Recently I started to look at Crossplane, a CNCF sandbox project, which can extend the Kubernetes API to manage and compose infrastructure. One major feature provided by Crossplane is that it allows you to assemble infrastructure from multiple vendors and expose as higher level abstraction to consume without having to write any code. This is achieved by Crossplane along with its providers which extend Crossplane’s capabilities to support many different backends. The Crossplane community has a large number of providers available for you to choose. You can also create your own if there is no existing one that meets your specific need.
In order to better understand how Crossplane works, I was looking for an efficient way to read its source code. Instead of reading the code statically, people who get used to VS Code like me might consider live debugging since it can help you quickly understand what is going on at runtime by setting breakpoints, inspecting variables, and jumping across functions through the call stack.
After spending a few hours, finally I was able to debug Crossplane and its providers using VS Code. This post is going to share all necessary steps that I did to make it work including both local debugging and remote debugging.
Just like many other existed cloud native projects in Kubernetes community, Crossplane is written in Go. All you need is VS Code with Go extension installed.
Besides that, in order to support remote debugging, you will need to install Delve, the Go debugger, separately on the remote machine. This is different from the one that you install locally with the VS Code Go extension by selecting Go: Install/Update Tools when you open the Command Palette. When debug remotely, instead of launching the local Delve instance, VS Code will send debugging commands to the Delve server you start on the remote machine. For more details on how to install standalone Delve, please refer to its installation doc.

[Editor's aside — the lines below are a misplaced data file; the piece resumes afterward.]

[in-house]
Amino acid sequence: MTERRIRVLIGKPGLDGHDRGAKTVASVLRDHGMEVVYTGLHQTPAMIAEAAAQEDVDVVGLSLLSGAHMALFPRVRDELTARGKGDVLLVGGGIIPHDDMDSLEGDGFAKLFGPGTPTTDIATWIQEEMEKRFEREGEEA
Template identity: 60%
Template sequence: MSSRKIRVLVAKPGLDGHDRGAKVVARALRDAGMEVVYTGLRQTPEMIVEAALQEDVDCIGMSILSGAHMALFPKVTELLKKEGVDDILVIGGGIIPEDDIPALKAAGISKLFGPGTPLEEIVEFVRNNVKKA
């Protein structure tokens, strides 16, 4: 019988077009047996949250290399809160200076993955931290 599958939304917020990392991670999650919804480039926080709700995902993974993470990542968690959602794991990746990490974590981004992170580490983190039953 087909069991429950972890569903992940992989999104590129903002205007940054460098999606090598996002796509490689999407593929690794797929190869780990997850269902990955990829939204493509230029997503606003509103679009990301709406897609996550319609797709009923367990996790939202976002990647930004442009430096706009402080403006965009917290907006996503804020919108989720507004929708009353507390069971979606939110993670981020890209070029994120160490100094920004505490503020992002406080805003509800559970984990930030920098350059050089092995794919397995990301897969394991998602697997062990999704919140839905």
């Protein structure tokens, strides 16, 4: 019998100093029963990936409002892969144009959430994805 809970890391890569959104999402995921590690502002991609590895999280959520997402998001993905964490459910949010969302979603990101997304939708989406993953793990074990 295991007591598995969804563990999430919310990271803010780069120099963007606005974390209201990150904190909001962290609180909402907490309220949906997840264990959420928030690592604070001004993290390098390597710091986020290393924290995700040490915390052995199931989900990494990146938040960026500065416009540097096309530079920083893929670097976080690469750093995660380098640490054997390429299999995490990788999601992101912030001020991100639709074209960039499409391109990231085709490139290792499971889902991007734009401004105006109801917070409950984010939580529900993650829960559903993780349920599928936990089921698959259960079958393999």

Debugging Crossplane provider in VS Code locally is fairly easy. You just need to create a local debug configuration in
launch.json as below:
"name": "Launch file",
Many Crossplane providers accept input arguments. In above configuration, I added one argument
--debug which is supported in many providers. It will print verbose logs to the console when debug the code which is very helpful for troubleshooting.
Since the main program entrance for many Crossplane providers starts from
cmd/provider/main.go , to start debugging, you can expand the directory tree in VS Code and open
main.go, then Select
Run > Start Debugging from the main menu. After then, you will be able to debug the Crossplane code locally!
In some cases, you may want to debug Crossplane remotely. There are many good reasons. For example, to me, I don’t want to put all workloads to my laptop so that can alleviate CPU and memory resource contention. With that, I only run VS Code on my laptop, and put all other workloads on a remote machine, usually a VM, where it runs Kubernetes cluster, usually kind as development environment, Crossplane runtime, and the providers.
Start Delve on remote machine
Before you start to debug provider on the remote machine, make sure you have already installed Delve on that machine, then start Delve as a headless server at root directory of your provider project by running below command:
dlv debug ./cmd/provider --headless --listen=:2345 --log --api-version=2 -- --debug
Here we specified the path to the
package main source file:
./cmd/provider. We also specified the provider argument
--debug which will be passed into provider code by Delve. Any arguments that you want to pass to the program you are debugging must also be passed to this Delve server.
Launch remote debugging on local machine
Once you have started the Delve server on remote machine, open VS Code on local machine and create a remote debug configuration in your
launch.json as below:
"name": "Launch remote",
Make sure to configure the port and host settings to point to your remote machine. If you run the headless Delve server and VS Code on the same machine,
host should be
It is also important to make sure the
remotePath should point to the absolute path of the provider code being debugged on the remote machine. In this case, it is the root directory of your provider project. Otherwise, even you can connect to the remote Delve server, it will not be able to stop at the breakpoints you set locally.
It is recommended that you enable trace log as above by setting
"trace": "verbose" in your launch configuration. With that, you will be able to see the actual calls made to Delve in the Debug Console pane to aid in your troubleshooting. Actually this helped me a lot when I experienced the issue of not being able to stop at the breakpoints that I set during the remote debugging. After I enabled the verbose logs, I learned that is because I did not configure the remotePath correctly when set the remote debug configuration.
Now that you have learned all the tips, happy debugging your Crossplane in VS Code!